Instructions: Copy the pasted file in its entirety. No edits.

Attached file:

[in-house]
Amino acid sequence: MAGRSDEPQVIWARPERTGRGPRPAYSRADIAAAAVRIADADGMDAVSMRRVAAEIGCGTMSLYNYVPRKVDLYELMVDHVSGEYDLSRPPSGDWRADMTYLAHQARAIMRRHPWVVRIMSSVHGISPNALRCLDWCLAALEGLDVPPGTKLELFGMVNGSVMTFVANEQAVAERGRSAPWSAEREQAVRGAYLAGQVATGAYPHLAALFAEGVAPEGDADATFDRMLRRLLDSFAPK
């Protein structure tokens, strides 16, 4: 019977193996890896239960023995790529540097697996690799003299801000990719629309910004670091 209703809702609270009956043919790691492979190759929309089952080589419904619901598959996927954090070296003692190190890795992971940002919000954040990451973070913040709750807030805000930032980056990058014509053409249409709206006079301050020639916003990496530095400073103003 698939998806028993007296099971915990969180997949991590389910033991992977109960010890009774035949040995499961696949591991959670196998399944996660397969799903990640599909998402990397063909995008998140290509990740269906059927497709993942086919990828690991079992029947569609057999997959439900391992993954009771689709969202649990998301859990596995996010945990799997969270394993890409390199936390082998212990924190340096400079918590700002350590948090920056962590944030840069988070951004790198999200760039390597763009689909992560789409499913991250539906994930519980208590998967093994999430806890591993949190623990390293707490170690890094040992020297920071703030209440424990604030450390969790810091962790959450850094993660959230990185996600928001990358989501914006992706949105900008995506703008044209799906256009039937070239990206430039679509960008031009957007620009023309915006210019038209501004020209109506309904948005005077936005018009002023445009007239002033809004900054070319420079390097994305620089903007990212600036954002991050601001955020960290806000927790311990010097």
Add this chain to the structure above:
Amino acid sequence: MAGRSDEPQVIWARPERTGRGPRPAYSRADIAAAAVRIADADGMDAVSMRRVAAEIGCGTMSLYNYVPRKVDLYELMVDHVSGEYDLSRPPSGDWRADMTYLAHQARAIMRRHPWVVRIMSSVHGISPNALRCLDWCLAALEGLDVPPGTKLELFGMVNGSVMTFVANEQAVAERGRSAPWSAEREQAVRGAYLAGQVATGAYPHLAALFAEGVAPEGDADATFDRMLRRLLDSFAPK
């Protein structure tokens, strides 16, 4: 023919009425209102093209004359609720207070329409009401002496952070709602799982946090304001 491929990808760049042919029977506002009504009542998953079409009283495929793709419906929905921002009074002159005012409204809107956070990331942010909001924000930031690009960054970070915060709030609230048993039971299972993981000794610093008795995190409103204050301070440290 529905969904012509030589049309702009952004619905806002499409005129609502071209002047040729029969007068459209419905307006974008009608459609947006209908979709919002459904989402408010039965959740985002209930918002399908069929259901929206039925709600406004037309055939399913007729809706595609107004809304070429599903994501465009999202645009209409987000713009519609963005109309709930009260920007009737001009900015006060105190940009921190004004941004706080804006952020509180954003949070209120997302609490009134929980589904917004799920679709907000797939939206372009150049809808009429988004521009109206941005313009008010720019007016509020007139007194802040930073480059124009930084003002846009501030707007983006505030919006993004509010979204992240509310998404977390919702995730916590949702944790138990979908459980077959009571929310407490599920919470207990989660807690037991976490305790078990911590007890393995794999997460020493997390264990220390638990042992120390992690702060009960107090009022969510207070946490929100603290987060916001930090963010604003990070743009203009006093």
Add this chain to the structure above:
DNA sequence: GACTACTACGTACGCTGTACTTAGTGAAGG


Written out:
[in-house]
Amino acid sequence: MAGRSDEPQVIWARPERTGRGPRPAYSRADIAAAAVRIADADGMDAVSMRRVAAEIGCGTMSLYNYVPRKVDLYELMVDHVSGEYDLSRPPSGDWRADMTYLAHQARAIMRRHPWVVRIMSSVHGISPNALRCLDWCLAALEGLDVPPGTKLELFGMVNGSVMTFVANEQAVAERGRSAPWSAEREQAVRGAYLAGQVATGAYPHLAALFAEGVAPEGDADATFDRMLRRLLDSFAPK
């Protein structure tokens, strides 16, 4: 019977193996890896239960023995790529540097697996690799003299801000990719629309910004670091 209703809702609270009956043919790691492979190759929309089952080589419904619901598959996927954090070296003692190190890795992971940002919000954040990451973070913040709750807030805000930032980056990058014509053409249409709206006079301050020639916003990496530095400073103003 698939998806028993007296099971915990969180997949991590389910033991992977109960010890009774035949040995499961696949591991959670196998399944996660397969799903990640599909998402990397063909995008998140290509990740269906059927497709993942086919990828690991079992029947569609057999997959439900391992993954009771689709969202649990998301859990596995996010945990799997969270394993890409390199936390082998212990924190340096400079918590700002350590948090920056962590944030840069988070951004790198999200760039390597763009689909992560789409499913991250539906994930519980208590998967093994999430806890591993949190623990390293707490170690890094040992020297920071703030209440424990604030450390969790810091962790959450850094993660959230990185996600928001990358989501914006992706949105900008995506703008044209799906256009039937070239990206430039679509960008031009957007620009023309915006210019038209501004020209109506309904948005005077936005018009002023445009007239002033809004900054070319420079390097994305620089903007990212600036954002991050601001955020960290806000927790311990010097």
Add this chain to the structure above:
Amino acid sequence: MAGRSDEPQVIWARPERTGRGPRPAYSRADIAAAAVRIADADGMDAVSMRRVAAEIGCGTMSLYNYVPRKVDLYELMVDHVSGEYDLSRPPSGDWRADMTYLAHQARAIMRRHPWVVRIMSSVHGISPNALRCLDWCLAALEGLDVPPGTKLELFGMVNGSVMTFVANEQAVAERGRSAPWSAEREQAVRGAYLAGQVATGAYPHLAALFAEGVAPEGDADATFDRMLRRLLDSFAPK
């Protein structure tokens, strides 16, 4: 023919009425209102093209004359609720207070329409009401002496952070709602799982946090304001 491929990808760049042919029977506002009504009542998953079409009283495929793709419906929905921002009074002159005012409204809107956070990331942010909001924000930031690009960054970070915060709030609230048993039971299972993981000794610093008795995190409103204050301070440290 529905969904012509030589049309702009952004619905806002499409005129609502071209002047040729029969007068459209419905307006974008009608459609947006209908979709919002459904989402408010039965959740985002209930918002399908069929259901929206039925709600406004037309055939399913007729809706595609107004809304070429599903994501465009999202645009209409987000713009519609963005109309709930009260920007009737001009900015006060105190940009921190004004941004706080804006952020509180954003949070209120997302609490009134929980589904917004799920679709907000797939939206372009150049809808009429988004521009109206941005313009008010720019007016509020007139007194802040930073480059124009930084003002846009501030707007983006505030919006993004509010979204992240509310998404977390919702995730916590949702944790138990979908459980077959009571929310407490599920919470207990989660807690037991976490305790078990911590007890393995794999997460020493997390264990220390638990042992120390992690702060009960107090009022969510207070946490929100603290987060916001930090963010604003990070743009203009006093």
Add this chain to the structure above:
DNA sequence: GACTACTACGTACGCTGTACTTAGTGAAGG